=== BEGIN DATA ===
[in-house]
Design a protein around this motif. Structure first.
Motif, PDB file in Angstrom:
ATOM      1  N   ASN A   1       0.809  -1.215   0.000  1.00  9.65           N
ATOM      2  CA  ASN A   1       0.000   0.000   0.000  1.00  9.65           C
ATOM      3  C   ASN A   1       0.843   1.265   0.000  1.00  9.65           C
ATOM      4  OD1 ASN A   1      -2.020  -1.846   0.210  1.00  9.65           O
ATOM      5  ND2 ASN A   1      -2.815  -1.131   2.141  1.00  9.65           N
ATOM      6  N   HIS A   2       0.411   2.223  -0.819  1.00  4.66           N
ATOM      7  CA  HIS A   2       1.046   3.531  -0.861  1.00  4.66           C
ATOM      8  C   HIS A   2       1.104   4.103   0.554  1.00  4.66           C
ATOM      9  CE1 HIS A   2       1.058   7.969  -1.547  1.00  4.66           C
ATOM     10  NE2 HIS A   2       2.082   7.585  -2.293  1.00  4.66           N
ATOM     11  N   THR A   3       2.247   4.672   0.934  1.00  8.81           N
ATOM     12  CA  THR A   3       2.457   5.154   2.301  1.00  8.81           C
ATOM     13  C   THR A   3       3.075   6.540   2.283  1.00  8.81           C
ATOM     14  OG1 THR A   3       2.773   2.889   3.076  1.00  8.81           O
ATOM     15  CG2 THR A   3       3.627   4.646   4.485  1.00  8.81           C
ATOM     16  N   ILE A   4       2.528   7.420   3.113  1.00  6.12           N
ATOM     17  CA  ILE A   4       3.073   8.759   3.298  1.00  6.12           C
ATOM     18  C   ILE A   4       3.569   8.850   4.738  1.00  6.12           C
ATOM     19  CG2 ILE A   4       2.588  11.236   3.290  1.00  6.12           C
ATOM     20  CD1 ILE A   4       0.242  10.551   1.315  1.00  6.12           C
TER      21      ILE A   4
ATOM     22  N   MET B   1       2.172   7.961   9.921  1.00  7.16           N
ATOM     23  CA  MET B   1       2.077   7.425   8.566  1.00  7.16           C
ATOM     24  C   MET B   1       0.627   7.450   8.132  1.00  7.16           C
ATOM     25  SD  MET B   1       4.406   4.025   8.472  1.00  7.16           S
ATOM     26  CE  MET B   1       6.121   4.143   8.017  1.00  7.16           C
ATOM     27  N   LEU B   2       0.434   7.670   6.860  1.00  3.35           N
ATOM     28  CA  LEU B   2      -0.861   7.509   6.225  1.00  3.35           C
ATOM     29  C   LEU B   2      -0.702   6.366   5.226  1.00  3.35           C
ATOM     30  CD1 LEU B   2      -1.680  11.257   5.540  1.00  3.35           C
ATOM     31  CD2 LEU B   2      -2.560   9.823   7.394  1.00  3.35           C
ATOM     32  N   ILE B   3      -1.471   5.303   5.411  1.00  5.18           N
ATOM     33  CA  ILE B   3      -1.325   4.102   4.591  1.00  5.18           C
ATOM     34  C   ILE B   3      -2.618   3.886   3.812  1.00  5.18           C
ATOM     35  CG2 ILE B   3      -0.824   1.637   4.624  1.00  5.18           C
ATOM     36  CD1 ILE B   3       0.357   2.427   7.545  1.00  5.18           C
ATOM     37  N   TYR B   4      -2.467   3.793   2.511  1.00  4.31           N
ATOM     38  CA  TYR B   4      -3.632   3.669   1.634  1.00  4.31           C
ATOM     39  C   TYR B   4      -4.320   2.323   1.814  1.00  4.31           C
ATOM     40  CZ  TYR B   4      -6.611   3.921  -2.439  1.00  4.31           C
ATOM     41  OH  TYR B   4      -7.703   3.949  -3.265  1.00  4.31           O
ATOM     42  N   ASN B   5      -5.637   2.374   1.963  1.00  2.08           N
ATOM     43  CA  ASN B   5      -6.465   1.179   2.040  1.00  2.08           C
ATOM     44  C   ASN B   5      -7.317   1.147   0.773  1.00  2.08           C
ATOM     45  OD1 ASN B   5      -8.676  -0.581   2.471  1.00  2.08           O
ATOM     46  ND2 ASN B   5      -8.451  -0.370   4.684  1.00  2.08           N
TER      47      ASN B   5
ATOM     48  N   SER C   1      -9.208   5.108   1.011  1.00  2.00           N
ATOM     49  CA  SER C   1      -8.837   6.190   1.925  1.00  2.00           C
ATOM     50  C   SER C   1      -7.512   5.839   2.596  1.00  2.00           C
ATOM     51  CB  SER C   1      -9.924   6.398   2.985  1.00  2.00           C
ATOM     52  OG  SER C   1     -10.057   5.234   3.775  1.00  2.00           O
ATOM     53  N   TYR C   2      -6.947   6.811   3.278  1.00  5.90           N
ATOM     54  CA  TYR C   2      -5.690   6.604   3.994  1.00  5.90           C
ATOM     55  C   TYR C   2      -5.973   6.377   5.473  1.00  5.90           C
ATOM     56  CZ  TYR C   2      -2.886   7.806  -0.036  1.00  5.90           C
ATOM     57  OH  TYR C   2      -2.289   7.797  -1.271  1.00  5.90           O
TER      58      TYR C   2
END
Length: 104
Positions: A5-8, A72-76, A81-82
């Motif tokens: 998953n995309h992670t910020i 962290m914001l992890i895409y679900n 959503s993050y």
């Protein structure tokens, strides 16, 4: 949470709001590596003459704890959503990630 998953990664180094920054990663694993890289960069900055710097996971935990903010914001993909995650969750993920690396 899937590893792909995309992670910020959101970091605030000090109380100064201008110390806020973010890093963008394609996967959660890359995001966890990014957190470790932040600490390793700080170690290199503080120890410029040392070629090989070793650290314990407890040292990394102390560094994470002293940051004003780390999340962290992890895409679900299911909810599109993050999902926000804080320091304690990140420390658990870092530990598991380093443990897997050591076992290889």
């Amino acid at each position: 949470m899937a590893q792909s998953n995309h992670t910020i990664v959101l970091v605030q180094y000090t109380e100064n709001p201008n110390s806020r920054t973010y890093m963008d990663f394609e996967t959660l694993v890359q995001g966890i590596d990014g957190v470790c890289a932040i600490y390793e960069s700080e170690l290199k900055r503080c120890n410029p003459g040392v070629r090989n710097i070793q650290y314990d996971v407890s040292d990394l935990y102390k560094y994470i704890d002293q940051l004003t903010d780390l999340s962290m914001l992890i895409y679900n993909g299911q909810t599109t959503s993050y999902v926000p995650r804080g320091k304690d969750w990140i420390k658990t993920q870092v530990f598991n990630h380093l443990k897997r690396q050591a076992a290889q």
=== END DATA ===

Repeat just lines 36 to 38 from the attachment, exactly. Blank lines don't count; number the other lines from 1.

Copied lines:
ATOM     33  CA  ILE B   3      -1.325   4.102   4.591  1.00  5.18           C
ATOM     34  C   ILE B   3      -2.618   3.886   3.812  1.00  5.18           C
ATOM     35  CG2 ILE B   3      -0.824   1.637   4.624  1.00  5.18           C